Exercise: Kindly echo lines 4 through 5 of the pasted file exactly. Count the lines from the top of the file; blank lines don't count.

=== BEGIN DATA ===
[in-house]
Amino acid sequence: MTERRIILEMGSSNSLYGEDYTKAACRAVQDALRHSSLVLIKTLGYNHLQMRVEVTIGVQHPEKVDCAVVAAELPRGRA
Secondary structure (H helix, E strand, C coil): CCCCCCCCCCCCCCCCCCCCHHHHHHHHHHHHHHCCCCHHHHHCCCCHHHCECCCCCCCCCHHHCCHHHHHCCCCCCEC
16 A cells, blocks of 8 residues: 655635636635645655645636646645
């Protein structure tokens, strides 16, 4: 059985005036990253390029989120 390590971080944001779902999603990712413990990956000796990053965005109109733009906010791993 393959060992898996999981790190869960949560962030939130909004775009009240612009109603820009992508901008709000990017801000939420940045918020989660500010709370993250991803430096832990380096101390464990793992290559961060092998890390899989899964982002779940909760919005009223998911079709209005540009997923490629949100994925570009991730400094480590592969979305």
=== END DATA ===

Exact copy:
16 A cells, blocks of 8 residues: 655635636635645655645636646645
């Protein structure tokens, strides 16, 4: 059985005036990253390029989120 390590971080944001779902999603990712413990990956000796990053965005109109733009906010791993 393959060992898996999981790190869960949560962030939130909004775009009240612009109603820009992508901008709000990017801000939420940045918020989660500010709370993250991803430096832990380096101390464990793992290559961060092998890390899989899964982002779940909760919005009223998911079709209005540009997923490629949100994925570009991730400094480590592969979305």